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FCEP 2014 Board Elections
The following candidates were selected by the nominating committee to serve on the Florida College of Emergency Physicians Board of Directors.
The following question was asked of each nominee:
"What membership areas can or should FCEP be more involved with to support individual members and encourage new members?"
To view the candidate's answers, click Read More below.
The newly elected Board Members will take office at the Board of Directors meeting, August 7, 2014, which is held during Symposium by the Sea.
Ballots must be completed by July 25, 2014.
Symposium by the Sea
Overflow Hotel Information
The Boca Raton Resort & Club is SOLD OUT for Symposium by the Sea. Haven't made your reservation yet? That's okay, because we've arranged another great option for you:
Waterstone Resort & Marina Boca Raton - a Double Tree by Hilton Hotel
999 East Camino Real
Boca Raton, FL 33432
RESERVE YOUR ROOM
Rate: $149 plus tax per night
Parking: $15 per day (valet only)
Group: Florida Emergency Medicine Foundation
Group Code: FEM
Reservations can be made using the customized registration link above or by calling the hotel directly and mentioning FEMF.
Symposium by the Sea will be taking place at
The Boca Raton Resort & Club
501 E. Camino Real, Boca Raton, FL 33432
August 7-10, 2014
Symposium by the Sea 2014 Brochure
More symposium details, such as brief course descriptions and registration fees,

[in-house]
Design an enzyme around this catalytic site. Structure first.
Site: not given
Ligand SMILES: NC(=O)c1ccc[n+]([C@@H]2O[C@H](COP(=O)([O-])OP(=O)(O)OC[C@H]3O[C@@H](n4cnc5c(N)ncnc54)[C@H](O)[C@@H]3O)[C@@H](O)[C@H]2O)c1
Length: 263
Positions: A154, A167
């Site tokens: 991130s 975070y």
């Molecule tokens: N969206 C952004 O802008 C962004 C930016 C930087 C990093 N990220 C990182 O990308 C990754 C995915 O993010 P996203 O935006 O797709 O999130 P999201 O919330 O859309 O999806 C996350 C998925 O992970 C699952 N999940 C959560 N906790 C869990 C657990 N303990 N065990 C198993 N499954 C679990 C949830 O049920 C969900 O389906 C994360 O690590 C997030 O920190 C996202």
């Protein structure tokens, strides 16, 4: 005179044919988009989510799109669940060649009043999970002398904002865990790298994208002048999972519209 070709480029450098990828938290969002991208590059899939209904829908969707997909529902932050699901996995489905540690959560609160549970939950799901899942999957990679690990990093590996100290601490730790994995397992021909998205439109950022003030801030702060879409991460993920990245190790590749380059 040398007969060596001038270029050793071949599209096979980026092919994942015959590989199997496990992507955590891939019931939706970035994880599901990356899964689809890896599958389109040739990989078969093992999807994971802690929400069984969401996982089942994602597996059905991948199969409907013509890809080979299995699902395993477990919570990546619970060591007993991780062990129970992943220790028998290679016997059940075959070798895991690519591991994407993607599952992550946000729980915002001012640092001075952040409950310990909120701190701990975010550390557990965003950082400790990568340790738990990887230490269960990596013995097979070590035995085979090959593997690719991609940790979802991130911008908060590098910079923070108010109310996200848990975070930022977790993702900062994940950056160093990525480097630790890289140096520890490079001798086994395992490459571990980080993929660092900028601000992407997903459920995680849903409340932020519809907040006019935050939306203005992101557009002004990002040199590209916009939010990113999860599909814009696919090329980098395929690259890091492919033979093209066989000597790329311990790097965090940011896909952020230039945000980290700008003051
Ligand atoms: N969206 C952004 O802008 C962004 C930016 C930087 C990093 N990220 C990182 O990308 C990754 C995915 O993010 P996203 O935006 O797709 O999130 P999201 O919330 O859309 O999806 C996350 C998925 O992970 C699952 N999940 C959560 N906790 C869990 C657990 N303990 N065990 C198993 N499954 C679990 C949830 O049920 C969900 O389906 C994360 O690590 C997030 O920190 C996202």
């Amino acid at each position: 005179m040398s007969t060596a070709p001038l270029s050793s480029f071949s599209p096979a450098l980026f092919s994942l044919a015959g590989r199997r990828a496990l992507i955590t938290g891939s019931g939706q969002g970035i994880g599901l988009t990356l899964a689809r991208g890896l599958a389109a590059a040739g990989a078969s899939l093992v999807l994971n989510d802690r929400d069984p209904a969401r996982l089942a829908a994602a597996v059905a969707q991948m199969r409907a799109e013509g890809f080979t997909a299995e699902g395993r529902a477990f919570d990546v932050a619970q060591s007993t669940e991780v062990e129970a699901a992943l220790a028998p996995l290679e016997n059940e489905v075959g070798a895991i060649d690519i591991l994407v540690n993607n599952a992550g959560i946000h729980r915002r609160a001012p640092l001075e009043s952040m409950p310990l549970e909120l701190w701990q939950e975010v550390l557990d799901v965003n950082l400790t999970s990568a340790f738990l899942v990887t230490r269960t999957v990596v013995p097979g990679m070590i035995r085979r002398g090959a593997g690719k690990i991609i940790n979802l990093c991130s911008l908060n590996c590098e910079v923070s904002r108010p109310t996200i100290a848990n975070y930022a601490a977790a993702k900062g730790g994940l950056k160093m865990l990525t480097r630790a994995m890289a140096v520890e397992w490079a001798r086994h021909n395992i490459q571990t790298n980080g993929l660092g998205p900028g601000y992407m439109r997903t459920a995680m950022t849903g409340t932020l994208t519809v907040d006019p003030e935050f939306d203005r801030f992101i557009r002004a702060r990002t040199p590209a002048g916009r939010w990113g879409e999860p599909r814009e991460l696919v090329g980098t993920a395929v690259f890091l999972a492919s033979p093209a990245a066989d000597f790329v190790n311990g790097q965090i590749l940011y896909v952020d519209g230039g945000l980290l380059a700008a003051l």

can be found on the Symposium by the Sea 2014 Registration webpage:
Symposium by the Sea Registration
Emergency Medicine Conference for the Mid-Level Provider
Registration is open!
This conference consists of lectures and hands-on skill stations (e.g. slit lamp, wound care etc.) and is designed to enhance the mid-level provider's knowledge and skills in caring for patients in the emergency department and urgent care setting.
Click here to register today!
Date: August 7-8, 2014
Location: Boca Raton Resort & Club
501 E Camino Real, Boca Raton, FL 33432
Cost: $350 for a two day conference
For an additional $175, registrants may participate in Symposium by the Sea, happening simultaneously. For more details about Symposium by the Sea, click here.
Save the date!
Emergency Care of Stroke Patients 2014:
Defining the State of the Art and the Science
November 13-14, 2014
All providers involved with acute care as well as hospital managers and administrators will benefit from this dynamic program that provides a comprehensive overview of best practices in acute stroke care.
Important FCEP dates
|Aug. 7-10, 2014
||Symposium by the Sea
|Aug. 7, 2014
||FCEP Board of Directors Meeting
|Aug. 7-8, 2014
||FCEP Committee Meetings
|Aug. 7-8, 2014
||Emergency Medicine Conference for Mid-Level Provider
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EMERGENCY MEDICINE IN THE NEWS
Some South Florida docs decline to accept Obamacare
Nearly one million Floridians enrolled in a private health plan through the ACA exchange but some are finding that some physicians refuse to honor their coverage — even when the doctors are included in the plan's provider network. Some physicians say they're concerned they won't be paid for their services by either the insurer or the patient, and that insurers are not adequately informing doctors of their inclusion in exchange plan networks.
Nurses, emergency department workers often targets of violence
Violence against front-line hospital workers is a growing problem across the country and the globe, specifically against nurses and emergency department workers. The number of violent incidents involving hospital workers jumped 37 percent in the past three years, according to a recent survey by the International Association for Healthcare Security & Safety.
Florida forced to stagger the timing of payments
The Tallahassee Democrat